peCOD Analyzes Beet Juice Extract for Use as De-icer of Roadways
Winter weather is often accompanied by icy road conditions, making driving a headache and in some cases, a real danger. Road salt has long since been used to combat road and sidewalk ice, but its use presents challenges to the surrounding ecosystem. Increased salinity has been reported in Canadian and American groundwater, and freshwater lakes, rivers and streams. This is presenting a hazard to aquatic life; including amphibians, fish and plants. Drinking water sources affected by increased salinity from road salt also pose a human risk that have experts searching for an alternative de-icing agent.
Enter: beet juice. In addition to being nutrient packed for animal feed, beet juice lowers the freezing point of ice and continues to work at colder temperatures where traditional road salt is not as effective. Better yet, the by-product “waste” of sugar extracted beets is even more effective at melting ice and can be combined with a lower concentration of road salt to create a supercharged brine that better adheres to ice, reducing the amount of de-icer required to be sprayed on roadways.
Not only is sugar beet extract organic, water soluble and bio-degradable, the de-icer brine mixture is less corrosive, (therefore better for your car and environment), and makes use of animal feed by-products, providing a safe, and effective way of de-icing pavement.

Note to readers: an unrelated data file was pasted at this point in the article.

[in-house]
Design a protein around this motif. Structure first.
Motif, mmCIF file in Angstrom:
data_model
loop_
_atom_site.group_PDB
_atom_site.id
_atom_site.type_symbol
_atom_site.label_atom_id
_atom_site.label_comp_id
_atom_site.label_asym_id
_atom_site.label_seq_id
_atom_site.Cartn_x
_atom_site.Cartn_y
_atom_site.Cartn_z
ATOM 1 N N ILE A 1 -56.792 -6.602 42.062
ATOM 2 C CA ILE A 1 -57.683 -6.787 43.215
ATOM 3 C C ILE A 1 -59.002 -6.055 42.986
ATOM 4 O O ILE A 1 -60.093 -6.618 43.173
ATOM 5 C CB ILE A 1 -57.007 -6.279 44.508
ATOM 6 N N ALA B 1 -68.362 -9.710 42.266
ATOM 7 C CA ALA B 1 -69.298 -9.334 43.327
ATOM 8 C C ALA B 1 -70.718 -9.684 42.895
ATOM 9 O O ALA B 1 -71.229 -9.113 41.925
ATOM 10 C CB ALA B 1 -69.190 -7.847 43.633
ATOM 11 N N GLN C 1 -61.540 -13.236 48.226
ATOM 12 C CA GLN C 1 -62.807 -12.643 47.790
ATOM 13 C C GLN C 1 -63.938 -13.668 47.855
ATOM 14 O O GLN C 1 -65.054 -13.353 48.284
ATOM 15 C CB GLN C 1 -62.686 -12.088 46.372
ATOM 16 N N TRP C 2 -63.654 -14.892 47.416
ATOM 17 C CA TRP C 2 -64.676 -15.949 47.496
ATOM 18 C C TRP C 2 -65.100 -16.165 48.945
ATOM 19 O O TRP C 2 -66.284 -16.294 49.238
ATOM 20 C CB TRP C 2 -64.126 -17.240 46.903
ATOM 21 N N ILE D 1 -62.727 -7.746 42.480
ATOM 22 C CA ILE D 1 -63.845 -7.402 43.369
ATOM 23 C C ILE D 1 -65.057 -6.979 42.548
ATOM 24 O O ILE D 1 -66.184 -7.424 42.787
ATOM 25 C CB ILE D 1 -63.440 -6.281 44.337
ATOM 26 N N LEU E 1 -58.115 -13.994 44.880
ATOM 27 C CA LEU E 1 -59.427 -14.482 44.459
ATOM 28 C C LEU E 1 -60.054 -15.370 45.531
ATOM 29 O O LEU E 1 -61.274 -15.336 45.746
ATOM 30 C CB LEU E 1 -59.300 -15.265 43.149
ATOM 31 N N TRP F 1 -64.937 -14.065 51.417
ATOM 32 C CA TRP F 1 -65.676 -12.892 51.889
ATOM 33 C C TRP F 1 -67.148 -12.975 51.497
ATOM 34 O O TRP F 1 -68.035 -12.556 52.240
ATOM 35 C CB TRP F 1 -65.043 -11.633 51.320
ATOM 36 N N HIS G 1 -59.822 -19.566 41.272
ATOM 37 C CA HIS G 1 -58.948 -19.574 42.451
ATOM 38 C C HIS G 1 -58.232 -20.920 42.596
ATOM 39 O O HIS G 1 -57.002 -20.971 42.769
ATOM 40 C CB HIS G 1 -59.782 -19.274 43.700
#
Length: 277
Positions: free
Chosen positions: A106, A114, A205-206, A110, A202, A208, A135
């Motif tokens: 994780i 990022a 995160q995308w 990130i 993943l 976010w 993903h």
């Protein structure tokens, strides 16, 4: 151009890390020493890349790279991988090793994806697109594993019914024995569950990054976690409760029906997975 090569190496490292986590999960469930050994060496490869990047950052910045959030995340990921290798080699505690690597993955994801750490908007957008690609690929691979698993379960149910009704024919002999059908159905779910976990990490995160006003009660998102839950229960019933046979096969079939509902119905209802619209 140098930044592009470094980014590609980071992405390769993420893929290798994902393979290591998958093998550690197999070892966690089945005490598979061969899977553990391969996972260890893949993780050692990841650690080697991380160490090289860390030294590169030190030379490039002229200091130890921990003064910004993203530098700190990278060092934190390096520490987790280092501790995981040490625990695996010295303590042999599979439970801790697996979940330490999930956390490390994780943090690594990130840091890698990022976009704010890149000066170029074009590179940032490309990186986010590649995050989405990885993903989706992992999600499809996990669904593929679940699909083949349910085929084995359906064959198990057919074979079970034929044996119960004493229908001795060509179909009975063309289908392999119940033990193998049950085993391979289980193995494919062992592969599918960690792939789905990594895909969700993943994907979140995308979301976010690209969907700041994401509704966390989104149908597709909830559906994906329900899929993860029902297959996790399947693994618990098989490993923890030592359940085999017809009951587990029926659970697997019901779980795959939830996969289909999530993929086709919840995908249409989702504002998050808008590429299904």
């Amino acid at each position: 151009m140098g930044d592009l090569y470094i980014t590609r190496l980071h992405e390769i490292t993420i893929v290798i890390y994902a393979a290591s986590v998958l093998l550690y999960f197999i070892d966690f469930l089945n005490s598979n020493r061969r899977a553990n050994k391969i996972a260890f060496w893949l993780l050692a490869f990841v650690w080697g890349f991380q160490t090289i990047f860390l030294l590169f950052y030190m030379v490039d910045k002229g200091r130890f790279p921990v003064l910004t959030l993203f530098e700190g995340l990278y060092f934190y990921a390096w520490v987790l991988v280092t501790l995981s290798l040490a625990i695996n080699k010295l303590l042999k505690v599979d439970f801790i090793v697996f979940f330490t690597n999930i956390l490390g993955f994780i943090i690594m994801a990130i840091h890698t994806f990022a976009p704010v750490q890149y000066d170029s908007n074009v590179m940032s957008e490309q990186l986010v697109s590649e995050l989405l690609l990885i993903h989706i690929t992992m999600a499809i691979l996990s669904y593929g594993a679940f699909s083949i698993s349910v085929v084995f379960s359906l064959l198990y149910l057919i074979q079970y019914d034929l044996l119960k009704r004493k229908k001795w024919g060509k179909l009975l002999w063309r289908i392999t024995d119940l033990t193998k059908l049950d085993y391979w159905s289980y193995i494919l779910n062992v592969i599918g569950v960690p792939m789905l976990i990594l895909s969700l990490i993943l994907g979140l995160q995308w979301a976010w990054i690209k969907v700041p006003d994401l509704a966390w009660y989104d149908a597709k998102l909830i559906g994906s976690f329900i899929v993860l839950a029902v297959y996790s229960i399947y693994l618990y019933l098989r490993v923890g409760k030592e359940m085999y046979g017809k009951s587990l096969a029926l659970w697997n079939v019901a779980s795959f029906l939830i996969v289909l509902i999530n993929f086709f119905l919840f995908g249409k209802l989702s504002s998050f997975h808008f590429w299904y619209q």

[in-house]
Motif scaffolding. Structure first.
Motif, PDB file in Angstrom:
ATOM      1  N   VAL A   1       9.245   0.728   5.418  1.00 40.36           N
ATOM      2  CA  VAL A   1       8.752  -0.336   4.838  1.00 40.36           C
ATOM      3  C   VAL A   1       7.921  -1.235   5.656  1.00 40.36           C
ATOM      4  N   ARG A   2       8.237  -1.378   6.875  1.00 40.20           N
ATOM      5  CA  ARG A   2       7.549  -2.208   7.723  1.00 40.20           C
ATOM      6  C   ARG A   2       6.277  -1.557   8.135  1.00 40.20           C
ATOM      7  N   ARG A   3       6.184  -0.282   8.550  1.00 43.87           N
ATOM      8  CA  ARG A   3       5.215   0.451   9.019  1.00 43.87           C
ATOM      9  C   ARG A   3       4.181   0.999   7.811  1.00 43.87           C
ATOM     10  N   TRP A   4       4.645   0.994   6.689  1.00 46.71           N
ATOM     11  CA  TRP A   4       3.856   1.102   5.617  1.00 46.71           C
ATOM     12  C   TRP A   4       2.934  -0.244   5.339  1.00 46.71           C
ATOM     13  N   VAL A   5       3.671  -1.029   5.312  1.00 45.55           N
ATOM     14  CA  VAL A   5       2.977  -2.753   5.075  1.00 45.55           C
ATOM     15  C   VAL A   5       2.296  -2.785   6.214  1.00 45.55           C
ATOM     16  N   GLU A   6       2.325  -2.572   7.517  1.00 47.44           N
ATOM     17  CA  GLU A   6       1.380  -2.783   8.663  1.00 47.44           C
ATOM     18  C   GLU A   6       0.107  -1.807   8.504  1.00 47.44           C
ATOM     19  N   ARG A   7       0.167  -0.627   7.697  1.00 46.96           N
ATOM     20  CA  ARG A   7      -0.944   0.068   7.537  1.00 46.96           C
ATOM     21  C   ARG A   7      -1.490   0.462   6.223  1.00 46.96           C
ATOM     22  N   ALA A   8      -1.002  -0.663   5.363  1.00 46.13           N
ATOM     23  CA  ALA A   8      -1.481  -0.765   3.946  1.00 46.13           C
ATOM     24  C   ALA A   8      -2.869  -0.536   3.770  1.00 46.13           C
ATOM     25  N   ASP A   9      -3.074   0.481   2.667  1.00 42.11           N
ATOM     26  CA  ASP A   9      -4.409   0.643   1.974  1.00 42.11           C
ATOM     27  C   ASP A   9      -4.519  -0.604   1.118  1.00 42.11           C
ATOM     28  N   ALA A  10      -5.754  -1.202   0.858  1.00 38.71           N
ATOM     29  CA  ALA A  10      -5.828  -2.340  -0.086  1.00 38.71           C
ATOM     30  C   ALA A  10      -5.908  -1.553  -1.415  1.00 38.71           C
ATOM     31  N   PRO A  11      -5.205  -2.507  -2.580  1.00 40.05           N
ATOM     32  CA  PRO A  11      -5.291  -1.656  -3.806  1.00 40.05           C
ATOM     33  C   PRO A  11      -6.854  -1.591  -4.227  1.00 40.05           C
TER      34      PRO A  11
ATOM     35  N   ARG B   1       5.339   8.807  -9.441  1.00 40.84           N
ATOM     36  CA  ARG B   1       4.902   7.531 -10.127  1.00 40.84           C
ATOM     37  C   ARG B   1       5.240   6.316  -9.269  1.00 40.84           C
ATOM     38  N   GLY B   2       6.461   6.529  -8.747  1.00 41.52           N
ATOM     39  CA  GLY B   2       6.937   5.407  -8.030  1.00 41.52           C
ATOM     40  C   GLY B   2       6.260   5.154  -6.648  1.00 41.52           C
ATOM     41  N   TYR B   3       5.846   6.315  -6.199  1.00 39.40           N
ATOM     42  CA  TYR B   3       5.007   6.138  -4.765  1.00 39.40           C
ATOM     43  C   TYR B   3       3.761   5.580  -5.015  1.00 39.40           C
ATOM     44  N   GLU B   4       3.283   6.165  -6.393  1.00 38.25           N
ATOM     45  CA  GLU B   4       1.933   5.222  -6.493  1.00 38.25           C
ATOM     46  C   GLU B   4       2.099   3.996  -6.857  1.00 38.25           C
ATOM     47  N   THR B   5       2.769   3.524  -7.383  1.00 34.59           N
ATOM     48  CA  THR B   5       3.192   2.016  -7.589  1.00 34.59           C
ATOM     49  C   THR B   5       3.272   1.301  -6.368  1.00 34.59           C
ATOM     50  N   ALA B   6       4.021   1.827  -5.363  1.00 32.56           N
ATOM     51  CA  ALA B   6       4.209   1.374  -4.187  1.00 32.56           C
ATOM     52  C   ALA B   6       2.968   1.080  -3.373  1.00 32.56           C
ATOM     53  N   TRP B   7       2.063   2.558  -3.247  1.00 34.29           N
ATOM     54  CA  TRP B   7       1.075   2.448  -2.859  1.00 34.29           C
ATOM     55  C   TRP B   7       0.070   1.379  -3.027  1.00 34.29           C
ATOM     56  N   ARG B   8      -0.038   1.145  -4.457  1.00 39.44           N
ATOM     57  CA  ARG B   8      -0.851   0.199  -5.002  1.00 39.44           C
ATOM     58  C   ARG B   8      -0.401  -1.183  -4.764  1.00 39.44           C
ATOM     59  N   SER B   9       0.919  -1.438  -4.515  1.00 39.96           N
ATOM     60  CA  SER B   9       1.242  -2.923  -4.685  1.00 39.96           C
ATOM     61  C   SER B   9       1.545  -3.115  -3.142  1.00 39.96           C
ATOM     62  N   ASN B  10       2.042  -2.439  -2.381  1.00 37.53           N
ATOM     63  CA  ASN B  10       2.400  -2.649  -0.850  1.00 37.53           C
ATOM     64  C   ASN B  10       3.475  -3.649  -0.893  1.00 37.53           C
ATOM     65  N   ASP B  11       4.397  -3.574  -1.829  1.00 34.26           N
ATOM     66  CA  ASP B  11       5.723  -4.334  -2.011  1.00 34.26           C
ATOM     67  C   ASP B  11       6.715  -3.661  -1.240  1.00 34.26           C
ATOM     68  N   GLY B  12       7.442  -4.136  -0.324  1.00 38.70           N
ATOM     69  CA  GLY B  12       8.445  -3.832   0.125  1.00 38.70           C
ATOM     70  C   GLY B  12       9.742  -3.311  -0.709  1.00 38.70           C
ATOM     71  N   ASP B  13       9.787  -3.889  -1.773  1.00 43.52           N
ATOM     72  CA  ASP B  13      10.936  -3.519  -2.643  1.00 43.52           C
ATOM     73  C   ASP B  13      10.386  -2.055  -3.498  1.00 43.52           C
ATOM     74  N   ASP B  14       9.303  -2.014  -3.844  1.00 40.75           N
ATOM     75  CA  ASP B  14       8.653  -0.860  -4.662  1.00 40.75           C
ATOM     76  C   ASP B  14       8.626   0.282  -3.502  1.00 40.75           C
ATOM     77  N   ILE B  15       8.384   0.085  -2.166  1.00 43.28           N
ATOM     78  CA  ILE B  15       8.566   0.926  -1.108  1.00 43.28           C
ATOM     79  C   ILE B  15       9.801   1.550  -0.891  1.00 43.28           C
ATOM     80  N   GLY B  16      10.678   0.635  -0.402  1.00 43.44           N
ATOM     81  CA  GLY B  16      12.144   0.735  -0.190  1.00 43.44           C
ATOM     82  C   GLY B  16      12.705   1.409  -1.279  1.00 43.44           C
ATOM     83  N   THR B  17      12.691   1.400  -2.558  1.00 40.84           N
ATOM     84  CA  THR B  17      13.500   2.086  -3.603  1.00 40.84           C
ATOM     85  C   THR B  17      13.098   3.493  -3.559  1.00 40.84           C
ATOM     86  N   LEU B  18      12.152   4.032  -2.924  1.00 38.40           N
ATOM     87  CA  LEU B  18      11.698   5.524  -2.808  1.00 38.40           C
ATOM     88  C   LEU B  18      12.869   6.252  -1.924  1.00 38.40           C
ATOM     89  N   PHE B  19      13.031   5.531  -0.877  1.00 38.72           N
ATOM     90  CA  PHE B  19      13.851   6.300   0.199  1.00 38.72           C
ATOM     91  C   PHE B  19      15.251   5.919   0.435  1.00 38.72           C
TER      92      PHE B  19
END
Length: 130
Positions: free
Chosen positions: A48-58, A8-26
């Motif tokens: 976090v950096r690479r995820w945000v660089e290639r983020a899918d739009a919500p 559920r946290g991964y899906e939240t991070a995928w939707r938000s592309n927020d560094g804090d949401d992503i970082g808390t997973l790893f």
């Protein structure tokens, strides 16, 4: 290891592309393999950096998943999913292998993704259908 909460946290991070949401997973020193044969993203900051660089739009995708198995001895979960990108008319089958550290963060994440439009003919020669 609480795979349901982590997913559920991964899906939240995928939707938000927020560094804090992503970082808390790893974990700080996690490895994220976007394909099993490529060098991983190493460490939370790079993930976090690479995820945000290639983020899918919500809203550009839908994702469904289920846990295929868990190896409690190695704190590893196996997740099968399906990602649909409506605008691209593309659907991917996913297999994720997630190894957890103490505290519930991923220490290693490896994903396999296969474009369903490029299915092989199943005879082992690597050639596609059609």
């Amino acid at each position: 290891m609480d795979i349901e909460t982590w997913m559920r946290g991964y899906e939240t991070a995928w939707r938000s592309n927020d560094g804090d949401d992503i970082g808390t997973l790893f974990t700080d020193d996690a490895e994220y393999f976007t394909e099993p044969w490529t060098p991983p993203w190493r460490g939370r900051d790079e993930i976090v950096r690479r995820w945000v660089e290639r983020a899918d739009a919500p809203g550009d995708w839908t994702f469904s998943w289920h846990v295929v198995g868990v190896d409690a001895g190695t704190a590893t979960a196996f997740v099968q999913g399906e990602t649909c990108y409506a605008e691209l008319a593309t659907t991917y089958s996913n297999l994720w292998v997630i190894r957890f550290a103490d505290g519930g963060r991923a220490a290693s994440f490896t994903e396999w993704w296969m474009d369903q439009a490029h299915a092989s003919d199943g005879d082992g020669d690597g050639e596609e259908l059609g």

Though gaining traction, beet juice extract has yet to be widely used. A thorough understanding of the organic content of runoff from beet extract is an important aspect when considering environmental impact and wide spread adoption. Some concern exists that the sugar content of beet extract may promote bacteria growth in surrounding streams and lakes, altering oxygen demand requirements, and presenting a different environmental challenge than posed by conventional road salt. Biochemical Oxygen Demand (BOD) is a common test used to measure organic load, but is characterized as slow, and labour-intensive. Chemical Oxygen Demand (COD) is a popular alternative, as it shortens the analysis time from days to hours using the traditional COD method, however presents the additional drawback of making use of harmful chemicals such as dichromate, mercury and strong acids.
MANTECH recently analyzed beet juice extract intended for de-icing on the PeCOD® Analyzer instrument. The peCOD (photoelectrochemical Chemical Oxygen Demand) method employs a titanium dioxide nanoparticle which acts as a strong oxidizing agent when subjected to UV light, virtually oxidizing all organic species, giving a true measure of COD. Not only does COD analysis via the peCOD method take the test from hours to minutes, no harmful chemicals are required. Monitoring organic runoff, as well as beet juice by-product has never been easier with peCOD, and may prove to be a valuable tool in better understanding beet juice de-icer, hopefully leading to its wide-spread adoption.
To learn more about the PeCOD® Analyzer technology, visit our PeCOD® homepage, or contact us at firstname.lastname@example.org.